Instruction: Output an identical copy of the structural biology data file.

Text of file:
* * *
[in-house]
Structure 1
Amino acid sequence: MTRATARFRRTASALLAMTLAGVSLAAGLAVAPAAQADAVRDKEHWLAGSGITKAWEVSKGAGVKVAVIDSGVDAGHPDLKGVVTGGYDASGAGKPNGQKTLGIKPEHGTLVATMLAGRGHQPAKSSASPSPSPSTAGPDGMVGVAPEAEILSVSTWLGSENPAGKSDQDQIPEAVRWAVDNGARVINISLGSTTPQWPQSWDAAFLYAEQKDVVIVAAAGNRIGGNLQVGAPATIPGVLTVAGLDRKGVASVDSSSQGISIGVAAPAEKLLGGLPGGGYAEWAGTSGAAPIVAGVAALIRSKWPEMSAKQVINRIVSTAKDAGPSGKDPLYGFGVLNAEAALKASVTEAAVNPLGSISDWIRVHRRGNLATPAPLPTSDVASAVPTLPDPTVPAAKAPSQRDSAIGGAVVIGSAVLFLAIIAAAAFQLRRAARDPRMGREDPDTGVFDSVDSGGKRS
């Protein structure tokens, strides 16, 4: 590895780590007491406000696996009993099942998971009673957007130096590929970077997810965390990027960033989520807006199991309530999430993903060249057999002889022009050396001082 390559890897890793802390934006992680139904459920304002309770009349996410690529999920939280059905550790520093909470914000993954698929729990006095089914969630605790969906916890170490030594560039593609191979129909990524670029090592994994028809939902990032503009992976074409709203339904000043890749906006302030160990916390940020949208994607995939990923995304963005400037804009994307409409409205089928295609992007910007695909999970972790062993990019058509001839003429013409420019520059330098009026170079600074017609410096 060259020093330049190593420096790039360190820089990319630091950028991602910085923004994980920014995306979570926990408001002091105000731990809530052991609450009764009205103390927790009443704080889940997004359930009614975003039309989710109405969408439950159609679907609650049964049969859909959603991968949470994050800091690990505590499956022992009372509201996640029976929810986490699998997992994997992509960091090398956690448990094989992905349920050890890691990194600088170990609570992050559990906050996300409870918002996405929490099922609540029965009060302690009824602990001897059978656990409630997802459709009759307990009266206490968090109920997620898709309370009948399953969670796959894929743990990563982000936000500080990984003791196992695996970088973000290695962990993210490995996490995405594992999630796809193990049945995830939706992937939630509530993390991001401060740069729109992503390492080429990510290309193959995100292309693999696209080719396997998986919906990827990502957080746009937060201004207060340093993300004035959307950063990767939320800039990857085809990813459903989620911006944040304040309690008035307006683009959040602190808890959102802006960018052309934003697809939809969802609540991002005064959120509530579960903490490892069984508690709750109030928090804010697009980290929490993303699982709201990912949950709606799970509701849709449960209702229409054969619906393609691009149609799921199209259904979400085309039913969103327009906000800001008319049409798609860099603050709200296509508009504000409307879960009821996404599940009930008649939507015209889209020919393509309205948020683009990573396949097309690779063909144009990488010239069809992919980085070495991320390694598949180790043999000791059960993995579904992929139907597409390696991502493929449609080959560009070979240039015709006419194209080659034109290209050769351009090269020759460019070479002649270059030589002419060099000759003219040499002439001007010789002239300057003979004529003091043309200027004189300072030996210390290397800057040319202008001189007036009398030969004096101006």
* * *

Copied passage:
[in-house]
Structure 1
Amino acid sequence: MTRATARFRRTASALLAMTLAGVSLAAGLAVAPAAQADAVRDKEHWLAGSGITKAWEVSKGAGVKVAVIDSGVDAGHPDLKGVVTGGYDASGAGKPNGQKTLGIKPEHGTLVATMLAGRGHQPAKSSASPSPSPSTAGPDGMVGVAPEAEILSVSTWLGSENPAGKSDQDQIPEAVRWAVDNGARVINISLGSTTPQWPQSWDAAFLYAEQKDVVIVAAAGNRIGGNLQVGAPATIPGVLTVAGLDRKGVASVDSSSQGISIGVAAPAEKLLGGLPGGGYAEWAGTSGAAPIVAGVAALIRSKWPEMSAKQVINRIVSTAKDAGPSGKDPLYGFGVLNAEAALKASVTEAAVNPLGSISDWIRVHRRGNLATPAPLPTSDVASAVPTLPDPTVPAAKAPSQRDSAIGGAVVIGSAVLFLAIIAAAAFQLRRAARDPRMGREDPDTGVFDSVDSGGKRS
């Protein structure tokens, strides 16, 4: 590895780590007491406000696996009993099942998971009673957007130096590929970077997810965390990027960033989520807006199991309530999430993903060249057999002889022009050396001082 390559890897890793802390934006992680139904459920304002309770009349996410690529999920939280059905550790520093909470914000993954698929729990006095089914969630605790969906916890170490030594560039593609191979129909990524670029090592994994028809939902990032503009992976074409709203339904000043890749906006302030160990916390940020949208994607995939990923995304963005400037804009994307409409409205089928295609992007910007695909999970972790062993990019058509001839003429013409420019520059330098009026170079600074017609410096 060259020093330049190593420096790039360190820089990319630091950028991602910085923004994980920014995306979570926990408001002091105000731990809530052991609450009764009205103390927790009443704080889940997004359930009614975003039309989710109405969408439950159609679907609650049964049969859909959603991968949470994050800091690990505590499956022992009372509201996640029976929810986490699998997992994997992509960091090398956690448990094989992905349920050890890691990194600088170990609570992050559990906050996300409870918002996405929490099922609540029965009060302690009824602990001897059978656990409630997802459709009759307990009266206490968090109920997620898709309370009948399953969670796959894929743990990563982000936000500080990984003791196992695996970088973000290695962990993210490995996490995405594992999630796809193990049945995830939706992937939630509530993390991001401060740069729109992503390492080429990510290309193959995100292309693999696209080719396997998986919906990827990502957080746009937060201004207060340093993300004035959307950063990767939320800039990857085809990813459903989620911006944040304040309690008035307006683009959040602190808890959102802006960018052309934003697809939809969802609540991002005064959120509530579960903490490892069984508690709750109030928090804010697009980290929490993303699982709201990912949950709606799970509701849709449960209702229409054969619906393609691009149609799921199209259904979400085309039913969103327009906000800001008319049409798609860099603050709200296509508009504000409307879960009821996404599940009930008649939507015209889209020919393509309205948020683009990573396949097309690779063909144009990488010239069809992919980085070495991320390694598949180790043999000791059960993995579904992929139907597409390696991502493929449609080959560009070979240039015709006419194209080659034109290209050769351009090269020759460019070479002649270059030589002419060099000759003219040499002439001007010789002239300057003979004529003091043309200027004189300072030996210390290397800057040319202008001189007036009398030969004096101006």